Fatigued driving

Trucker feeling sleepy and tired after long ride. Overworked people at job.
Trucker feeling sleepy and tired after long ride. Overworked people at job.

We have all experienced it. Fatigued while driving, or as it’s often referred to, “Snooze Control”. Driving while tired is very dangerous, to say the least. Knowing what to watch for, and what can be done to reduce the risks can help you avoid the usually conclusions. 

First and foremost, get plenty of sleep before starting your shift. If at all possible, try to fall asleep at about the same time every night, and wake up at about the same time every morning. Keeping your body clock in sync with the world around you will help you avoid fatigue. 

Avoid the temptations of playing on your phone, tablet or computer before going to bed. The effects of the LCD screen can hamper your sleep. Try to avoid caffeinated & sugary beverages for 2 hours before going to sleep. They will only energize you, making getting to sleep hard, and they can prevent you from entering deep REM (Rapid Eye Movement) sleep, which is where you get the best rest.  

To combat fatigue when you’re driving, keep the cab of the truck cool, crack the window for some fresh air,  and use the heater controls to keep the air circulating. If you can, park and walk around the truck to break up the monotony. Playing music you like will help get your mind active, and stave off fatigue, as will some simple mind games you can play by yourself, like checking out the licence plates of other vehicles, and finding all the letters and numbers in sequential order.  Another good way to keep your mind active is to start a conversation with another driver on the CB.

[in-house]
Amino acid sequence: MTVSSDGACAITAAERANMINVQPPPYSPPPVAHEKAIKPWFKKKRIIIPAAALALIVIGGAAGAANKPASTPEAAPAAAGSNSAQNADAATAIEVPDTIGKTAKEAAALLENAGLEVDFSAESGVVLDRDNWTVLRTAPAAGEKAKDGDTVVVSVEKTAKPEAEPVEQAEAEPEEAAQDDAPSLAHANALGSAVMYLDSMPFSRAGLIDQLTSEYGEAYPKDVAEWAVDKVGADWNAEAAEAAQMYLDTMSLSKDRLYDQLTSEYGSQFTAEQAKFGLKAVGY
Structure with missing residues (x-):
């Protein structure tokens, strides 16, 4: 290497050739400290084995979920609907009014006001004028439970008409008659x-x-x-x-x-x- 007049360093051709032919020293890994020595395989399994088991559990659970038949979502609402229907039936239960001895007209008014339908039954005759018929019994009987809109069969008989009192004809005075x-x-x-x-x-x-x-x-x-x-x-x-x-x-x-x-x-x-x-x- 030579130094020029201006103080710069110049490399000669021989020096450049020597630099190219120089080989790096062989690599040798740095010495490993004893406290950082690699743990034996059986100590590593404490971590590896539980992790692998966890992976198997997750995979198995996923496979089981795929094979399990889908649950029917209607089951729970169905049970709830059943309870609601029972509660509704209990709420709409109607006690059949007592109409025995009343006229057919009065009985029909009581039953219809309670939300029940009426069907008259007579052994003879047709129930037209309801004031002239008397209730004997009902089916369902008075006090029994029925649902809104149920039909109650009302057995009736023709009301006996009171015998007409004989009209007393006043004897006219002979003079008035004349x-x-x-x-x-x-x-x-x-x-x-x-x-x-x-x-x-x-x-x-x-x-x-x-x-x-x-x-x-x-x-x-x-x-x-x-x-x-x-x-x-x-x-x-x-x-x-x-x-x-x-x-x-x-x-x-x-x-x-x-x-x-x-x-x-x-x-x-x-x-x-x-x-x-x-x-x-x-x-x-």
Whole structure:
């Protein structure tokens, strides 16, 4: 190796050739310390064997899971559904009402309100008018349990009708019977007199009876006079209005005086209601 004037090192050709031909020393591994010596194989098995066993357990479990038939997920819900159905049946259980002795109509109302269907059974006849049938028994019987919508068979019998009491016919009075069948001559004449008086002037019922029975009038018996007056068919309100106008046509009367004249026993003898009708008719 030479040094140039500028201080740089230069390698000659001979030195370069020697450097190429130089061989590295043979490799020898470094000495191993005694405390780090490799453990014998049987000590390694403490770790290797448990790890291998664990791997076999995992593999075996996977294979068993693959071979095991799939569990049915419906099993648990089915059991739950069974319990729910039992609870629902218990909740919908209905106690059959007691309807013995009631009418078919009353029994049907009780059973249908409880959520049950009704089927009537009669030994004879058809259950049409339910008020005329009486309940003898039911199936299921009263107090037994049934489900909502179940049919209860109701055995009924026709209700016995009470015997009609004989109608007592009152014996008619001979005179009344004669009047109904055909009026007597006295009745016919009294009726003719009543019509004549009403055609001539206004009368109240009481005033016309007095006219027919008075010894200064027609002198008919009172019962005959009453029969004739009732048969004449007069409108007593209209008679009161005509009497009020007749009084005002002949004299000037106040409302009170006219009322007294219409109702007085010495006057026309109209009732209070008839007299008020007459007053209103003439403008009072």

Try to avoid driving at times when you are most drowsy. Everyone’s circadian rhythm is different, but for most people, they are most susceptible to fatigue between the hours of 2 and 4 am, and 2 and 4 pm.  

Caffeinated beverages can help you stay alert while driving, but stay away from energy drinks. They contain far too much sugar, which can lead to other health issues down the road. Avoid overeating, as it will tire you out. 

If you feel the need, pull over for a 15 or 20 minute nap. Do NOT nap over the steering wheel!  Climb into the bunk for your nap. More than a few drivers have died of a heart attack from waking up from a nap over the steering wheel, thought they had fallen asleep at the wheel, and died on the spot.

Don Taylor has been a professional driver since March 1985.  In 1994 he made the jump to driving tractor trailers, and has accumulated over 3.5 million miles, including over 4 years of driving turnpike doubles in Manitoba, Saskatchewan and Alberta.  He is currently hauling flat decks across North America.